Coach Spotlight Series: Justin Diggs

Another day, another coach spotlight! This week we hung out with Coach Justin from Falls Church, Virginia! At this point, you know the drill: if you're lucky enough to live near Coach Justin, feel free to shoot him a message, chat him up, maybe even book him as well. Otherwise, every interview we do with our coaches is purposeful and helpful -- do you know what you want from your clients? From the athlete's parents? What should clients expect from a coach as thorough as Coach Justin? All those thoughts can be found in the interview below, so get started today!

CoachUp: Hi, Justin! Can you tell us about yourself and your experience with basketball?

Justin Diggs: First of all, thank you for selecting me as one of the coaches you wanted to spotlight. It is truly an honor and testament to a lot hard work and athletes who trusted me to deliver exceptional results. I started playing basketball in Frankfurt, Germany when I was 7 years old and have not stopped since. After a successful high school career, I took the Junior College basketball route to Frederick Community College, eventually earning a scholarship to Barton College in Wilson, NC, where I was part of a 28-4 team my senior year that went to the NCAA Division II Elite Eight. Soon after that I started teaching the game and eventually moved into private training.

CU: What is your coaching style or philosophy?

JD: My coaching style is based on intensity and demand -- setting the tempo early, demanding excellence, and pushing players beyond their limitations has always been key components to my coaching style. I believe you can get the most out of players using direct communication, pushing them to the limit, and giving them the confidence to believe they can reach their potential and beyond by applying themselves.

Usually, intensity and fire in a coach are code words for screaming, yelling, and berating players, but I believe you can be a master motivator without belittling players by simply communicating and showing them exactly what you want in a highly energetic, enthusiastic, and simplistic approach. Doc Rivers is a great example for me to follow and I try to use that type of persona through my teachings.

Coach SpotlightCU: What can a client expect from private lessons with you?

JD: My athletes can expect me to be heavily involved in each drill not only verbally, but physically. One of the key lessons I always spread other coaches and athletes is that everybody looks good against chairs, cones, and air. I've managed to keep myself in good physical condition which allows me to challenge my athletes one-on-one so they can test themselves with each skill they learned. I am ultra-competitive so they really have to be sharp and fundamental to be successful against me. The ability to perform a move does not matter if you do not know the moment and timing for it.

CU: Can you describe any big or little “wins” that you’ve had with the athletes that you train?

JD: One of the athletes I trained all summer long just could not score well because he could not achieve the mind and body connection it takes to be successful in basketball. During one session early in the fall, he made a move that shook me out of my shoes and then he scored a basket. It was a move that I taught him, so aside from the initial shock, I was proud to see him take what he learned and apply it in a live setting.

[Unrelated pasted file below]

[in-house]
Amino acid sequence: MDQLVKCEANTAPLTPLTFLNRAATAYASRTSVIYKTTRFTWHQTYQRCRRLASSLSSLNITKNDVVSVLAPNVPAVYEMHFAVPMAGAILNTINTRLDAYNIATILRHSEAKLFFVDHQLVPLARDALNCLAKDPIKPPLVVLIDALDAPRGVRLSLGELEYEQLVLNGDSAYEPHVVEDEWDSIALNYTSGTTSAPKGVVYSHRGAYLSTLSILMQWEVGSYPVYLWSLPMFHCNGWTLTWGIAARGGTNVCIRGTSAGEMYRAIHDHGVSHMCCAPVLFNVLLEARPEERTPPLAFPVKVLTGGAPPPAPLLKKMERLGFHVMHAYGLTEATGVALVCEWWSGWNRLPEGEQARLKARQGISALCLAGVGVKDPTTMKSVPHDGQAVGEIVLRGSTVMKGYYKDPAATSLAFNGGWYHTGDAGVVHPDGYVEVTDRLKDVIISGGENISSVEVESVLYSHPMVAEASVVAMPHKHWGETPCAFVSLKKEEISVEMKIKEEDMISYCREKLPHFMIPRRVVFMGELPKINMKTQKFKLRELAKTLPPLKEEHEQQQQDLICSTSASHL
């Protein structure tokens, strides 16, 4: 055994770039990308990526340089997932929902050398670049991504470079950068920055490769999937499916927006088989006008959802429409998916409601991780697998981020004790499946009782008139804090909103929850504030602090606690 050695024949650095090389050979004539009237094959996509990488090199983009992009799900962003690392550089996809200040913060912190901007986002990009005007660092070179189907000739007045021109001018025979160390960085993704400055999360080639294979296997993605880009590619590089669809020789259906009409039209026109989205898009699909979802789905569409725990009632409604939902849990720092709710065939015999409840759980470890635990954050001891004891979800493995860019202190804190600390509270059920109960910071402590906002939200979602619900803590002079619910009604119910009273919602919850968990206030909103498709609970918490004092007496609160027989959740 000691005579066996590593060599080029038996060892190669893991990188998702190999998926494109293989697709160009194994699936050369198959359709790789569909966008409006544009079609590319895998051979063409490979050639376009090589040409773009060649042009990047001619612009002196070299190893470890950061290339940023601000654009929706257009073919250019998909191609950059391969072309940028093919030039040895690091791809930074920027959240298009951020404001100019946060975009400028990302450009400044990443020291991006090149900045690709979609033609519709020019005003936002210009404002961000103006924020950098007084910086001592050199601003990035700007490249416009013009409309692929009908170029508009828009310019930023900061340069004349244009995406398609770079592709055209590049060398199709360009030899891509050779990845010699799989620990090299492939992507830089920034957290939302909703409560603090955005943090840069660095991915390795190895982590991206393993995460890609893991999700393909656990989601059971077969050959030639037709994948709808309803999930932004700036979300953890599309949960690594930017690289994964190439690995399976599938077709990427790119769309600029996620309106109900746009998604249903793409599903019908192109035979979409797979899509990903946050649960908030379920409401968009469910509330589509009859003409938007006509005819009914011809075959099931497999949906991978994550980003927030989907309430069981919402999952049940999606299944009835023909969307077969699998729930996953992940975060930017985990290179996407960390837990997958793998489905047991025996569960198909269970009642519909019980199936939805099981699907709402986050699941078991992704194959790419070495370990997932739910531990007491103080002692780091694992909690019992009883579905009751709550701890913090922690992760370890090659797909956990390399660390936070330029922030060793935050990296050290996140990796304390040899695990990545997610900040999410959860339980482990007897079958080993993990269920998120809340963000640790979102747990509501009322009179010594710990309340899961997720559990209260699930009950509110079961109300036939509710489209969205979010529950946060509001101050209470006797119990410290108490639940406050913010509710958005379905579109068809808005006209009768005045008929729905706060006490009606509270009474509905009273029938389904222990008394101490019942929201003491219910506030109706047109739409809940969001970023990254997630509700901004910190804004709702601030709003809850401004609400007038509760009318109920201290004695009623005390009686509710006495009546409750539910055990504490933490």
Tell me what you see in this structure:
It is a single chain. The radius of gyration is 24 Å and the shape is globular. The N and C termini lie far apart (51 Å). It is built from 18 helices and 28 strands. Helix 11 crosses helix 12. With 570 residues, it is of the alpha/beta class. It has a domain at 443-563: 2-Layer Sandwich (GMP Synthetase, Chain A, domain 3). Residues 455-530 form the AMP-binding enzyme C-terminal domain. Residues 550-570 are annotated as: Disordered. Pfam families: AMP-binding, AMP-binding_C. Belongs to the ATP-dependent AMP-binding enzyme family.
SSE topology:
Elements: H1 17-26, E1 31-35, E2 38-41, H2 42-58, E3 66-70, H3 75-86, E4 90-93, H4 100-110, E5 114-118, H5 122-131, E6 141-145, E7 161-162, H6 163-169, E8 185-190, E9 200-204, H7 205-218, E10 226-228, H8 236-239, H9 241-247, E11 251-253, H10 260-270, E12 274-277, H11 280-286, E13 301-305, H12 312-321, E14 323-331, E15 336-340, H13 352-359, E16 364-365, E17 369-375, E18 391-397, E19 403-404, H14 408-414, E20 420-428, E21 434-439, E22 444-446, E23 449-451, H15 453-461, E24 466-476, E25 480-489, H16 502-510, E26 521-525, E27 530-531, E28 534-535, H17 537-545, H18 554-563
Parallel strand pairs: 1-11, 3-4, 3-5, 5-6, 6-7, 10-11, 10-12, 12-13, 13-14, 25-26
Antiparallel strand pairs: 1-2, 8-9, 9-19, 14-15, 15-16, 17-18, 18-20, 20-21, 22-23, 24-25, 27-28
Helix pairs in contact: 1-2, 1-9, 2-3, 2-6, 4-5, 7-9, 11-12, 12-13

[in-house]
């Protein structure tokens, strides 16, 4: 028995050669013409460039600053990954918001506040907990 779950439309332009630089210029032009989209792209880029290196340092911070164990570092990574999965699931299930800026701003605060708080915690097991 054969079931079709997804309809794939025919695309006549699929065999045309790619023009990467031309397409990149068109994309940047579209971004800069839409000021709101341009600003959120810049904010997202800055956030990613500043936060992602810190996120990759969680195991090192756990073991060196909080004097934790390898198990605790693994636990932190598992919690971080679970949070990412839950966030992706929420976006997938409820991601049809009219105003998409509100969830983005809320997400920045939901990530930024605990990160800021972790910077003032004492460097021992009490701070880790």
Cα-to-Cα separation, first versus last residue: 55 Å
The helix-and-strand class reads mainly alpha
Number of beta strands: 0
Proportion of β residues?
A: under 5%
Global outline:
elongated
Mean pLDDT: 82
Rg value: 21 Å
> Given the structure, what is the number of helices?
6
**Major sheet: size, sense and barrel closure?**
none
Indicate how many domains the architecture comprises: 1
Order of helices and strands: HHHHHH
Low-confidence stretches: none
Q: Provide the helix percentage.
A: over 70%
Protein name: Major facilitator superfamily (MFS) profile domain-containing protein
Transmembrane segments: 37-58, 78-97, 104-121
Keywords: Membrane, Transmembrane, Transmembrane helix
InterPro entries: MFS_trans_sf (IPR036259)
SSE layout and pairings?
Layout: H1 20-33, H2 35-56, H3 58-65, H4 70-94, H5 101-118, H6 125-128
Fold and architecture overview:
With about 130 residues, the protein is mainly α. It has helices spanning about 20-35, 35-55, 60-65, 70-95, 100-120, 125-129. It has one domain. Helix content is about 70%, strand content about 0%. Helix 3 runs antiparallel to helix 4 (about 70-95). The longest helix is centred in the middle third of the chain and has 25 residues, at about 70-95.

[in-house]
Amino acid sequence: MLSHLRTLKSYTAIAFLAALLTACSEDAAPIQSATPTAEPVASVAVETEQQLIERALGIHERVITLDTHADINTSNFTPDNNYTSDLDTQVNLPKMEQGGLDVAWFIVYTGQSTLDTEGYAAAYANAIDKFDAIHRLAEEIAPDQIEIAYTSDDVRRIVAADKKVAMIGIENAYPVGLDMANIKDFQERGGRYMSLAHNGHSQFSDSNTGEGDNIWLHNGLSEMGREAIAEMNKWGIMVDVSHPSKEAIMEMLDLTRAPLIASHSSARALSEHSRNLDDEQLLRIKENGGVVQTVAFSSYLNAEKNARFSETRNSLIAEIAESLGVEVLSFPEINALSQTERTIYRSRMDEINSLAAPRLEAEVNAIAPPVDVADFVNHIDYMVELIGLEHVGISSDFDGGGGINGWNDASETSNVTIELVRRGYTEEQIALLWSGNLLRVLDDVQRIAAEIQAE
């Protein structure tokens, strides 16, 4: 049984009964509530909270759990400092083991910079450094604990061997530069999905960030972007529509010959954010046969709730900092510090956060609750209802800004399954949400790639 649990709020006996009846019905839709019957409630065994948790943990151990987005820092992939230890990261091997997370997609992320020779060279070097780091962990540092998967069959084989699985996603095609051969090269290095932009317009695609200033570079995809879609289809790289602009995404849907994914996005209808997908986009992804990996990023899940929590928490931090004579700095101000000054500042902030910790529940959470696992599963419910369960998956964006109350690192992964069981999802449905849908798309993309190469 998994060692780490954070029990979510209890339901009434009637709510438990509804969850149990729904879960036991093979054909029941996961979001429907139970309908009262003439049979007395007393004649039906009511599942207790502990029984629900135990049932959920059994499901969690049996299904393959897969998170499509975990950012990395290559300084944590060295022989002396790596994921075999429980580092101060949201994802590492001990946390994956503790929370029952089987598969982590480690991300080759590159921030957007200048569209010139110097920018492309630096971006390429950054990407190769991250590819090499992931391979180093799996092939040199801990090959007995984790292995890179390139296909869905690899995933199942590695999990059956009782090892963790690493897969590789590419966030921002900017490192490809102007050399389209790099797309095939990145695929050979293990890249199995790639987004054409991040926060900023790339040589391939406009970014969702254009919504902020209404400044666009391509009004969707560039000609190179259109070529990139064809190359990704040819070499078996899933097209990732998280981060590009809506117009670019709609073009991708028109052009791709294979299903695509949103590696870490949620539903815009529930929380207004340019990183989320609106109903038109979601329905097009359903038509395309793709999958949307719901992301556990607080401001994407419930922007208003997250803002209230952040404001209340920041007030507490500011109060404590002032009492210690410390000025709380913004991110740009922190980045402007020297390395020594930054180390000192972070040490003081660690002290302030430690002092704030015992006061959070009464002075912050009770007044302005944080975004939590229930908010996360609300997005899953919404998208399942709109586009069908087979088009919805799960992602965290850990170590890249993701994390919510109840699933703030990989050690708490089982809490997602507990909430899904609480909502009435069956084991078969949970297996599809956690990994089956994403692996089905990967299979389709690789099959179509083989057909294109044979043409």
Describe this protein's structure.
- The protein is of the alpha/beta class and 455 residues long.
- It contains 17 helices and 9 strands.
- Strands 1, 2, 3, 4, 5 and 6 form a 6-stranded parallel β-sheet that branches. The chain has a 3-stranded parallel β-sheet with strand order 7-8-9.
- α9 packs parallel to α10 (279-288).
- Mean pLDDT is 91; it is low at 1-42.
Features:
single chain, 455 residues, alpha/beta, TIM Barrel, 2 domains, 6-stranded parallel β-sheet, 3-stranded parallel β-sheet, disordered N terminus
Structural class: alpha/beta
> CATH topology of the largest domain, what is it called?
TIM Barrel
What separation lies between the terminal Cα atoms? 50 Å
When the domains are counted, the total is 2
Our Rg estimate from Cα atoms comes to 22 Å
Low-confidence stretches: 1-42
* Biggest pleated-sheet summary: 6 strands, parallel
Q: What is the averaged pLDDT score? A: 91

CU: What do you enjoy most about coaching?

JD: I enjoy seeing the progression in my athletes week-to-week and using the lessons they are taught during in-game situations. Coaches can tell if an athlete is improving, even it's just incrementally. The key is to keep testing their limits and never allow them to be satisfied with the level they're reached. If an athlete isn't progressing at the rate I feel they should, I'm not doing my job. Meeting a player's goal such as making a team or improving a particular skill-set is also extremely gratifying to be a part of.

CU: What is the biggest lesson you’ve learned as a coach?

JD: The biggest lesson I've learned is that communication is essential. You may not completely lose them, but the minute an athlete tunes you out, you have lost the chance to maximize their potential. You must always create ways to not only motivate your athletes, but motivate yourself to motivate your athletes using a unique approach each time.

CU: What is your favorite moment in your athletic career?

JD: My favorite moment in my career would have to be when I scored 11 points in just 13 minutes off the bench to help my college team Barton College rally from a 15-point second half deficit and advance to the Sweet Sixteen. The very next game, we rallied again from 16 in the second half to advance to the Elite Eight. I've never been on a team that simply wanted it more and did not have the word quit as part of there vocabulary.

CU: What’s the most important advice you’d give to other coaches? To athlete’s parents?

JD: The most important advice I give to other coaches and parents is to explain the why in your principles. If an athlete not only knows what to do in key situations, but also why they are doing it, it will increase their focus and allow them to lock in and develop the most underrated attribute in sports -- the experience.

Bravo, Justin, thank you! If you're involved with CoachUp in any way, shape, or form, then you can find something to take from this great interview. Let us know what you're going to change or improve on in your own training sessions! Again, if you're near Justin, we encourage you to shoot him a message and find out what he's about -- get training!

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